Attention owners of Pioneer TiVos

Apparently there was a class action lawsuit – I had the notice delivered on my TiVo today. This is the PDF the message says to look at.

Personally I do NOT plan to file a claim, I am satisfied with the product and I think this lawsuit is – well, pretty damn idiotic. Some people will sue over anything I guess. Geez.

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  • cassiusdrow

    The suit alleges the Pioneer TiVos provide unsatisfactory picture quality, don’t record as much programming as advertised to the hard drive or a DVD, and take longer to record a DVD than advertised.

    I bought my Pioneer 810 after the software upgrades for picture quality were developed, so I can’t comment on how bad the quality was before the upgrade. But after the upgrade I find the picture quality to superior to the regular TiVo Series 2 I have, and this is on a 58″ HDTV. Maybe they are comparing the quality to other (non-TiVo based) DVD burners.

    As far as the amount of hours the Pioneer TiVo records, I agree that their marketing speak is a little misleading. It has always annoyed me that TiVo call it “an 80 hour TiVo”, when it is actually a 23 to 80 hour model. And the Pioneer 810 is a 13 to 80 hour model. Is this enough to warrant a class action lawsuit? Not in my mind.

    A full DVD is recorded in about 20 minutes. How is that a problem?

    If Pioneer hadn’t already thrown in the towel with TiVo based products, this would certainly cause them to consider dropping the line. To me this is the biggest lose here – the Pioneer 810 I have has a much better build quality than the regular Series 2 I have, and I’ve heard the Humax and Toshiba models are even worse than the TiVo branded models. TiVo may have lost Pioneer as a manufacturer forever.

  • megazone

    I like my Pioneer 810H quite a bit. Yes, early on image quality wasn’t as good, but I still felt that ‘High’ on the Pioneer was comparable to ‘Best’ on normal units, and ‘Extreme’ (aka Best) on the Pioneer was better. The recording time claims – eh, not a big deal. *ALL* DVRs are marketed that way, and it is always ‘up to X hours’. But they also said not as much time as claimed on a DVD – excuse me? They record exsactly as much as claimed, period.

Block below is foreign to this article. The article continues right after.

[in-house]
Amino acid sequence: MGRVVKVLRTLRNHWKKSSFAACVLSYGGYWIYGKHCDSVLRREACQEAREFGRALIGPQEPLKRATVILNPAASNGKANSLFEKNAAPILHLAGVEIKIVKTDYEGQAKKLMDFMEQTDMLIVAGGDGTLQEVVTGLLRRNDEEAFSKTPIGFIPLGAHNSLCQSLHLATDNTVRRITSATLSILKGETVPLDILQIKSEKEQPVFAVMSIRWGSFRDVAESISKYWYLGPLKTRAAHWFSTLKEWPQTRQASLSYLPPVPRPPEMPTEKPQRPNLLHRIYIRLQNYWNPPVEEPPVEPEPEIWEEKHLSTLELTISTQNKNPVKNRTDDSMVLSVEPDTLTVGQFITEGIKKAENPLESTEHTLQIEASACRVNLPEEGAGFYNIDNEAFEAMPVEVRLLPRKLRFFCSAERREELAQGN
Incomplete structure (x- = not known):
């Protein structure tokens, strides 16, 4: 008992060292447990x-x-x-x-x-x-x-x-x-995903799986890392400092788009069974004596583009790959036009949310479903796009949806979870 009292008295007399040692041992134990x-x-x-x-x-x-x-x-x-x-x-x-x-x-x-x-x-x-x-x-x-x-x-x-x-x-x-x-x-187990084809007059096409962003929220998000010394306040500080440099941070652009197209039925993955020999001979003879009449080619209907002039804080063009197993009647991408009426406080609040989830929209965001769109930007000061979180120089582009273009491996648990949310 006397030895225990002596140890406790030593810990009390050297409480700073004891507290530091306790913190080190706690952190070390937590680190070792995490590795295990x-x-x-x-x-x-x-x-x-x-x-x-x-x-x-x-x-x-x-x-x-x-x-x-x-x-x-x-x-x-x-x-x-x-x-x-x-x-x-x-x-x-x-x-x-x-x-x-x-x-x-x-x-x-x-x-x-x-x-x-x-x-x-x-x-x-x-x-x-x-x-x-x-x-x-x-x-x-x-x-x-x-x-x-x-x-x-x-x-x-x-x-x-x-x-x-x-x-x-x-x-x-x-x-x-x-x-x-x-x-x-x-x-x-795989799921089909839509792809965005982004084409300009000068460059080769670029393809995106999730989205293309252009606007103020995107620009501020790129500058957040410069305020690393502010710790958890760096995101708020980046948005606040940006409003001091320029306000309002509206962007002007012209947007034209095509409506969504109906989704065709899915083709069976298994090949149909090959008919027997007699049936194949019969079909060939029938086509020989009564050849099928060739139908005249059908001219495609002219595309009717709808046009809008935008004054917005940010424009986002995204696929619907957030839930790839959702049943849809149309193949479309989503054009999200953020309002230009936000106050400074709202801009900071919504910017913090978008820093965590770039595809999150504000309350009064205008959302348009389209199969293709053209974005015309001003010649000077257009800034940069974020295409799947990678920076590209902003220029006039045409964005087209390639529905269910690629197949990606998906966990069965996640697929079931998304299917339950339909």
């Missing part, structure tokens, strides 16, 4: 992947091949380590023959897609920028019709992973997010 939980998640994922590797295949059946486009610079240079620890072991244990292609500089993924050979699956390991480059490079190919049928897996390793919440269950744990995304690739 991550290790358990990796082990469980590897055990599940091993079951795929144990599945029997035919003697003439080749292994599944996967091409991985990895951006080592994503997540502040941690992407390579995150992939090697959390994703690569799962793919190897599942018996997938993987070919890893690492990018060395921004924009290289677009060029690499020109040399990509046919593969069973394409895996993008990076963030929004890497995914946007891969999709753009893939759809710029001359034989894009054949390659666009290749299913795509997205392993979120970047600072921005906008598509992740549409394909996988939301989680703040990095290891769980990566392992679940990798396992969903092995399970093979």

I actually have a Toshiba TX-20 sitting here along with my 810H and I don’t think the build quality is poor. It actually has features the Pioneer lacks, being a newer generation – I like the front panel jacks, and the FireWire input is a nice feature. The display on the Pioneer is still better – but they run basically the same software so that’s a wash.

  • krellis

    If you’re sure you don’t want to be part of the class, follow the instructions on pages 6 and 7 of that PDF for opting out of the class – if 5% or more of the class opts out, the settlement can be pulled. Probably not likely to happen, but it could be worth a try.

  • buran

    I do agree that the “hour” rating is a bit confusing, and clarifying it in the marketing stuff would be a good idea (make it clearer that the rated capacity is at the lowest recording quality and that you’ll get a range from X to Y depending on which setting you choose). However, it wasn’t hard for me to figure out — but I work with video compression at work so I knew about how it’d work beforehand.

    That said, I’m not sure why this is worthy of a lawsuit …